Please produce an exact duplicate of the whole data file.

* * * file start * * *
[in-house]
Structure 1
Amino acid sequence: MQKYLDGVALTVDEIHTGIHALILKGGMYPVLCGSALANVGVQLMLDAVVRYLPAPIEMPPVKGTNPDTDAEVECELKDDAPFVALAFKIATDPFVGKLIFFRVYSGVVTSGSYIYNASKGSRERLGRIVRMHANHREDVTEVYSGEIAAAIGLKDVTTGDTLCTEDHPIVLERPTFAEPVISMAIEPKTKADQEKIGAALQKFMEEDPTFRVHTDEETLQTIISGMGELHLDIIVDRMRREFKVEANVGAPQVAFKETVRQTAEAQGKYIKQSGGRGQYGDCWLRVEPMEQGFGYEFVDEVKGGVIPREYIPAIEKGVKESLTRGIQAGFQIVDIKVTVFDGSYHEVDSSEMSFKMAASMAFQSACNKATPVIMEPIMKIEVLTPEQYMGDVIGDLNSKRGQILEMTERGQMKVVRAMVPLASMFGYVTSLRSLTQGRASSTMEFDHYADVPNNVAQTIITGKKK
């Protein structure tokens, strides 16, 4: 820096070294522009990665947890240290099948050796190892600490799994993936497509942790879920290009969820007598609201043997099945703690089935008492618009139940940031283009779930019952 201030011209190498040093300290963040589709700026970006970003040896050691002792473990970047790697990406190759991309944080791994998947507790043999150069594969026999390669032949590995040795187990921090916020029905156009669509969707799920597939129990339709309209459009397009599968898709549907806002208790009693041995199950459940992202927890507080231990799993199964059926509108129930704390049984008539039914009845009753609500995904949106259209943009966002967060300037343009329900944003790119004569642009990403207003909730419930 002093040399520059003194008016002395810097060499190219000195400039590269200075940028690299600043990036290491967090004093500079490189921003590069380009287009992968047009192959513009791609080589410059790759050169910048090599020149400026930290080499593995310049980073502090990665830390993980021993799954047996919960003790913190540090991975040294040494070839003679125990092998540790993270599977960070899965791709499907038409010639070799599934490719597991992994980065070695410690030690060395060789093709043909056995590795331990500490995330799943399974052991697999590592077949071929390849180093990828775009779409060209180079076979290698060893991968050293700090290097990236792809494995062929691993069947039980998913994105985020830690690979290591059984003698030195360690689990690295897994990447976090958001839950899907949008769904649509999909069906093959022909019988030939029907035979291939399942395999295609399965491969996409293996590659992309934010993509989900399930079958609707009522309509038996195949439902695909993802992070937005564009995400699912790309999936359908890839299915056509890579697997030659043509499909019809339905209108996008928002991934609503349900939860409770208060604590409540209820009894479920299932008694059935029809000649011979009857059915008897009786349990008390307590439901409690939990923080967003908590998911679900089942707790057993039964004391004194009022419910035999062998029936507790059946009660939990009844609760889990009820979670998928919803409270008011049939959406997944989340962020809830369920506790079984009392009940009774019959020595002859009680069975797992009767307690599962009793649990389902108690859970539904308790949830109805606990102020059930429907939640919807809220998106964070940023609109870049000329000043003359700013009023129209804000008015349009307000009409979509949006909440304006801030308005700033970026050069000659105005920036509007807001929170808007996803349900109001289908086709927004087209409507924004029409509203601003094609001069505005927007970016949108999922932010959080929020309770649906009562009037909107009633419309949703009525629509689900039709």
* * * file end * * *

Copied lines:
[in-house]
Structure 1
Amino acid sequence: MQKYLDGVALTVDEIHTGIHALILKGGMYPVLCGSALANVGVQLMLDAVVRYLPAPIEMPPVKGTNPDTDAEVECELKDDAPFVALAFKIATDPFVGKLIFFRVYSGVVTSGSYIYNASKGSRERLGRIVRMHANHREDVTEVYSGEIAAAIGLKDVTTGDTLCTEDHPIVLERPTFAEPVISMAIEPKTKADQEKIGAALQKFMEEDPTFRVHTDEETLQTIISGMGELHLDIIVDRMRREFKVEANVGAPQVAFKETVRQTAEAQGKYIKQSGGRGQYGDCWLRVEPMEQGFGYEFVDEVKGGVIPREYIPAIEKGVKESLTRGIQAGFQIVDIKVTVFDGSYHEVDSSEMSFKMAASMAFQSACNKATPVIMEPIMKIEVLTPEQYMGDVIGDLNSKRGQILEMTERGQMKVVRAMVPLASMFGYVTSLRSLTQGRASSTMEFDHYADVPNNVAQTIITGKKK
């Protein structure tokens, strides 16, 4: 820096070294522009990665947890240290099948050796190892600490799994993936497509942790879920290009969820007598609201043997099945703690089935008492618009139940940031283009779930019952 201030011209190498040093300290963040589709700026970006970003040896050691002792473990970047790697990406190759991309944080791994998947507790043999150069594969026999390669032949590995040795187990921090916020029905156009669509969707799920597939129990339709309209459009397009599968898709549907806002208790009693041995199950459940992202927890507080231990799993199964059926509108129930704390049984008539039914009845009753609500995904949106259209943009966002967060300037343009329900944003790119004569642009990403207003909730419930 002093040399520059003194008016002395810097060499190219000195400039590269200075940028690299600043990036290491967090004093500079490189921003590069380009287009992968047009192959513009791609080589410059790759050169910048090599020149400026930290080499593995310049980073502090990665830390993980021993799954047996919960003790913190540090991975040294040494070839003679125990092998540790993270599977960070899965791709499907038409010639070799599934490719597991992994980065070695410690030690060395060789093709043909056995590795331990500490995330799943399974052991697999590592077949071929390849180093990828775009779409060209180079076979290698060893991968050293700090290097990236792809494995062929691993069947039980998913994105985020830690690979290591059984003698030195360690689990690295897994990447976090958001839950899907949008769904649509999909069906093959022909019988030939029907035979291939399942395999295609399965491969996409293996590659992309934010993509989900399930079958609707009522309509038996195949439902695909993802992070937005564009995400699912790309999936359908890839299915056509890579697997030659043509499909019809339905209108996008928002991934609503349900939860409770208060604590409540209820009894479920299932008694059935029809000649011979009857059915008897009786349990008390307590439901409690939990923080967003908590998911679900089942707790057993039964004391004194009022419910035999062998029936507790059946009660939990009844609760889990009820979670998928919803409270008011049939959406997944989340962020809830369920506790079984009392009940009774019959020595002859009680069975797992009767307690599962009793649990389902108690859970539904308790949830109805606990102020059930429907939640919807809220998106964070940023609109870049000329000043003359700013009023129209804000008015349009307000009409979509949006909440304006801030308005700033970026050069000659105005920036509007807001929170808007996803349900109001289908086709927004087209409507924004029409509203601003094609001069505005927007970016949108999922932010959080929020309770649906009562009037909107009633419309949703009525629509689900039709």